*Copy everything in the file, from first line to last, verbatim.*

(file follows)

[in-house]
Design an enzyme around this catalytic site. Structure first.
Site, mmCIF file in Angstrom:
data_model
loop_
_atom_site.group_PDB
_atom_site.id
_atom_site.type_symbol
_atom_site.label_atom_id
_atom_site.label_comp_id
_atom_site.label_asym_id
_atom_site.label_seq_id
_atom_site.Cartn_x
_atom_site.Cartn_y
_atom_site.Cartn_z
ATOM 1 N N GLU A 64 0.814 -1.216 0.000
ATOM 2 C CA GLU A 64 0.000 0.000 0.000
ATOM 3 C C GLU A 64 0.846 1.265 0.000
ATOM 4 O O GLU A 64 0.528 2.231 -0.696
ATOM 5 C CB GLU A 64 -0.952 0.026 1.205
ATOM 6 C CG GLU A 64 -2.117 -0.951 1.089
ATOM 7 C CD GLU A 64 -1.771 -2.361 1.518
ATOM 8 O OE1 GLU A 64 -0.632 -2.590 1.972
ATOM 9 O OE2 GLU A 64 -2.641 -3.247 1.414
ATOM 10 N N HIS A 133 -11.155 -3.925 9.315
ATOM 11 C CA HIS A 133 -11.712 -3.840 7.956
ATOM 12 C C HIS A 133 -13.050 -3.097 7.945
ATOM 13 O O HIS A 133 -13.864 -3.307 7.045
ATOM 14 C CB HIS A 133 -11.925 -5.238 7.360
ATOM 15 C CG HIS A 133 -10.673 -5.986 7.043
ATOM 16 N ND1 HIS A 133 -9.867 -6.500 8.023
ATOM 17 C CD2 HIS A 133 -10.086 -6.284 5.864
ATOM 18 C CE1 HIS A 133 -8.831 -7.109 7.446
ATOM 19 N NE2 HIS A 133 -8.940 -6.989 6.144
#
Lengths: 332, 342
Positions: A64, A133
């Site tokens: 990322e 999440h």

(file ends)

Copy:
[in-house]
Design an enzyme around this catalytic site. Structure first.
Site, mmCIF file in Angstrom:
data_model
loop_
_atom_site.group_PDB
_atom_site.id
_atom_site.type_symbol
_atom_site.label_atom_id
_atom_site.label_comp_id
_atom_site.label_asym_id
_atom_site.label_seq_id
_atom_site.Cartn_x
_atom_site.Cartn_y
_atom_site.Cartn_z
ATOM 1 N N GLU A 64 0.814 -1.216 0.000
ATOM 2 C CA GLU A 64 0.000 0.000 0.000
ATOM 3 C C GLU A 64 0.846 1.265 0.000
ATOM 4 O O GLU A 64 0.528 2.231 -0.696
ATOM 5 C CB GLU A 64 -0.952 0.026 1.205
ATOM 6 C CG GLU A 64 -2.117 -0.951 1.089
ATOM 7 C CD GLU A 64 -1.771 -2.361 1.518
ATOM 8 O OE1 GLU A 64 -0.632 -2.590 1.972
ATOM 9 O OE2 GLU A 64 -2.641 -3.247 1.414
ATOM 10 N N HIS A 133 -11.155 -3.925 9.315
ATOM 11 C CA HIS A 133 -11.712 -3.840 7.956
ATOM 12 C C HIS A 133 -13.050 -3.097 7.945
ATOM 13 O O HIS A 133 -13.864 -3.307 7.045
ATOM 14 C CB HIS A 133 -11.925 -5.238 7.360
ATOM 15 C CG HIS A 133 -10.673 -5.986 7.043
ATOM 16 N ND1 HIS A 133 -9.867 -6.500 8.023
ATOM 17 C CD2 HIS A 133 -10.086 -6.284 5.864
ATOM 18 C CE1 HIS A 133 -8.831 -7.109 7.446
ATOM 19 N NE2 HIS A 133 -8.940 -6.989 6.144
#
Lengths: 332, 342
Positions: A64, A133
């Site tokens: 990322e 999440h």